Graphic by Nate Barton
It seems that a majority consensus can agree that this election feels like an apocalyptic battle in which the voters effectively have to decide not who they want to win but who they want to lose. I have made peace with the fact that I am picking my own poison, but I know that some are instead voting for a third party candidate as they are morally opposed to both majority candidates. While theoretically this sounds like a noble action, it’s really not only throwing your vote away but also voting against whichever major party candidate you would have been willing to settle.
First off, the way that the American voting system is set up makes it nearly impossible for a third party to gain electoral votes. In fact, a third party has not won an electoral vote in the past 58 years, according to Time’s article “The Real Reason You Can’t Vote for an Independent Candidate” by Randy Barnett published Aug. 3, 2016. Essentially, because it’s fairly certain that a third party won’t win, if you vote for them, you are more or less throwing away your vote.
Here one may think “I’m fine with throwing away a vote if I can respect who I’m voting for. Donnie and Hillz are the worst.” However, this fails to recognize that every vote for an independent is a vote that doesn’t need to be surmounted by the major parties, meaning that they need fewer votes to win. For simplicity, consider that Democratic nominee Hillary Clinton originally has three votes [where you are one of the votes]. Then Republican nominee Donald Trump needs four to win. But, say one decided to change one’s vote to an independent party. Now Clinton has two votes and Trump needs only three to win.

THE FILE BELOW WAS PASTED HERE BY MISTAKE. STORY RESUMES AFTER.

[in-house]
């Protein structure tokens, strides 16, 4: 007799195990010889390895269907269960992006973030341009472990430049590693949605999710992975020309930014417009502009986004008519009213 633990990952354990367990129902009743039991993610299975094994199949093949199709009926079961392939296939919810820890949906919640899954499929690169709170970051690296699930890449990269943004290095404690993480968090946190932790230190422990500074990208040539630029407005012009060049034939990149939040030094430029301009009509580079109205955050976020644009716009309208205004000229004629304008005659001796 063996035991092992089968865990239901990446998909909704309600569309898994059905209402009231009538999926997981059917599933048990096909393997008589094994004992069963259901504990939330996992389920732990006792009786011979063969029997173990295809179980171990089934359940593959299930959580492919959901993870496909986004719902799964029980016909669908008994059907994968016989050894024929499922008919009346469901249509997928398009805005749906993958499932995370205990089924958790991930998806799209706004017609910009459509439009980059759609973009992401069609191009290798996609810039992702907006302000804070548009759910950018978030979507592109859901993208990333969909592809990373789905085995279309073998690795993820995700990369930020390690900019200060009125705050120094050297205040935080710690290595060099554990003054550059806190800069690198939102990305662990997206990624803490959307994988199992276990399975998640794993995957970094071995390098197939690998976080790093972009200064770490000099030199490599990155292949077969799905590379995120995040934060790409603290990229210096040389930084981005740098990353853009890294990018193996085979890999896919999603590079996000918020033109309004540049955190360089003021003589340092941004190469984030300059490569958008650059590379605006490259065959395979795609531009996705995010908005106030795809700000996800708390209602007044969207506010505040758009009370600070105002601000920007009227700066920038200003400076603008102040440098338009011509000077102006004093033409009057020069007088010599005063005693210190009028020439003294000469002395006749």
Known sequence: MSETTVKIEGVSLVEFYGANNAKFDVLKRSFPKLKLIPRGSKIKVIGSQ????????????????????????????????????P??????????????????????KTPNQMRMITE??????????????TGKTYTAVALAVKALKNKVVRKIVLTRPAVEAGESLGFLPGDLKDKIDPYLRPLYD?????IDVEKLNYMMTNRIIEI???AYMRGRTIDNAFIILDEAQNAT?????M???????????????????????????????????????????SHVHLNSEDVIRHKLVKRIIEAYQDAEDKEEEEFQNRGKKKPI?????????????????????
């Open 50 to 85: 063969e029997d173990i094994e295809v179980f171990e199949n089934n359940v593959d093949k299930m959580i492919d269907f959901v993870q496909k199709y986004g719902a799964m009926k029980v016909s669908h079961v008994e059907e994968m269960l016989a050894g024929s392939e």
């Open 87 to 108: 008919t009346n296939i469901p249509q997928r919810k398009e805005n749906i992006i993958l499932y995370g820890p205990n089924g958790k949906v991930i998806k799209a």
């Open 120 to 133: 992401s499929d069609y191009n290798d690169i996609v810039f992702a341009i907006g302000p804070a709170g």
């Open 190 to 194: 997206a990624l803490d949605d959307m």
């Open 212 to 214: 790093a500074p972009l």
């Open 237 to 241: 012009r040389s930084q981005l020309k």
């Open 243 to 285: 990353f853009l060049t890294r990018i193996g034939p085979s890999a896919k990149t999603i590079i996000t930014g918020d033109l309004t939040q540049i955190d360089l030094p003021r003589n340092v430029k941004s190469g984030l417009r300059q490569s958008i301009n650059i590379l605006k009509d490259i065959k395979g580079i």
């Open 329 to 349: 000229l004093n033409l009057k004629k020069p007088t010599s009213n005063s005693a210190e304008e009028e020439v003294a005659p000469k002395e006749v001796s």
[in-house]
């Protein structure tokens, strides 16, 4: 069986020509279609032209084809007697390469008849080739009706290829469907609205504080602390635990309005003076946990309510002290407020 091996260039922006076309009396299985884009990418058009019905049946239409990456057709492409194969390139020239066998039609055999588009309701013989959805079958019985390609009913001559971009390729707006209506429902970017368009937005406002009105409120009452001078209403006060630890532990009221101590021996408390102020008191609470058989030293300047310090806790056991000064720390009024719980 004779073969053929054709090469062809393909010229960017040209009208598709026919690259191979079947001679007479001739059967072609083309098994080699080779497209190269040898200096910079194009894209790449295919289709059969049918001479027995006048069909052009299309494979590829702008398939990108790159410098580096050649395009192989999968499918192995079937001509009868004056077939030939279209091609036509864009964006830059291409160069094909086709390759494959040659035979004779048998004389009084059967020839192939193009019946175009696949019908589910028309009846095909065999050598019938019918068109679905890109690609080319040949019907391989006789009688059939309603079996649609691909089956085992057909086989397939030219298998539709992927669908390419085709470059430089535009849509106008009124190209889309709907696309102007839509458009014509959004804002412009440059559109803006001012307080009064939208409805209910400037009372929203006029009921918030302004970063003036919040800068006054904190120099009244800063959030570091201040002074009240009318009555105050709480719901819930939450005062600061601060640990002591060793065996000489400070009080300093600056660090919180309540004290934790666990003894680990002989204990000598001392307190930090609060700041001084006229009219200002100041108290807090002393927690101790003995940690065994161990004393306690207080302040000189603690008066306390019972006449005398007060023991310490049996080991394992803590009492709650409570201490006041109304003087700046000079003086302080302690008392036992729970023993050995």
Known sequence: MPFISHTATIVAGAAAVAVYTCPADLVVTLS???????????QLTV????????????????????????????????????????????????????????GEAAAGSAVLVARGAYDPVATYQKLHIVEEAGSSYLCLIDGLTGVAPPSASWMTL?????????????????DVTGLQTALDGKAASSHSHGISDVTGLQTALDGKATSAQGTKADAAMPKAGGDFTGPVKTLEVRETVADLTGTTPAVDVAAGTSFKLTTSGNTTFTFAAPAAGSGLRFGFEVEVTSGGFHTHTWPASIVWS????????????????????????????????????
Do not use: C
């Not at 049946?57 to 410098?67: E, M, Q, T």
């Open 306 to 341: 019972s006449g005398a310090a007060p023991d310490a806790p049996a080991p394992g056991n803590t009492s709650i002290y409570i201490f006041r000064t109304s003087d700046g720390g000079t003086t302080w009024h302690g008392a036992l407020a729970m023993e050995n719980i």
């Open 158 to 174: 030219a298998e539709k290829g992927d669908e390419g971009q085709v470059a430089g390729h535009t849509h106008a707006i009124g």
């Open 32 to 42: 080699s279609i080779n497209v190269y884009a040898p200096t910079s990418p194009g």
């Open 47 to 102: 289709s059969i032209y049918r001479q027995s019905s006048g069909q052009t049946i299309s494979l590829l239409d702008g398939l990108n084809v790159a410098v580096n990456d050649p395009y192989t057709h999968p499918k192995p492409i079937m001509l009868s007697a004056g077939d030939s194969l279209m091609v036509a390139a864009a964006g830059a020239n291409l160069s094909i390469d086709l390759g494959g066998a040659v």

Typically third party candidates, while drawing votes from both sides, draw more sides from one party more than the other. On CNN, interviewed by Alisyn Camerota and Chris Cuomo, House Minority Leader Nancy Pelosi, has recently cited the third parties as reasons why Clinton and Trump have been so close in the polls, as voters who would have normally ‘gone blue’ were attracted to Stein and Johnson.
The point of this opinion piece is not to advocate for one candidate over the other. However, it statistically seems that those who are opting for an independent party are those who would rather see Clinton in the White house than Trump. Then, as shown, voting independent goes directly against their self-interest and should be avoided.
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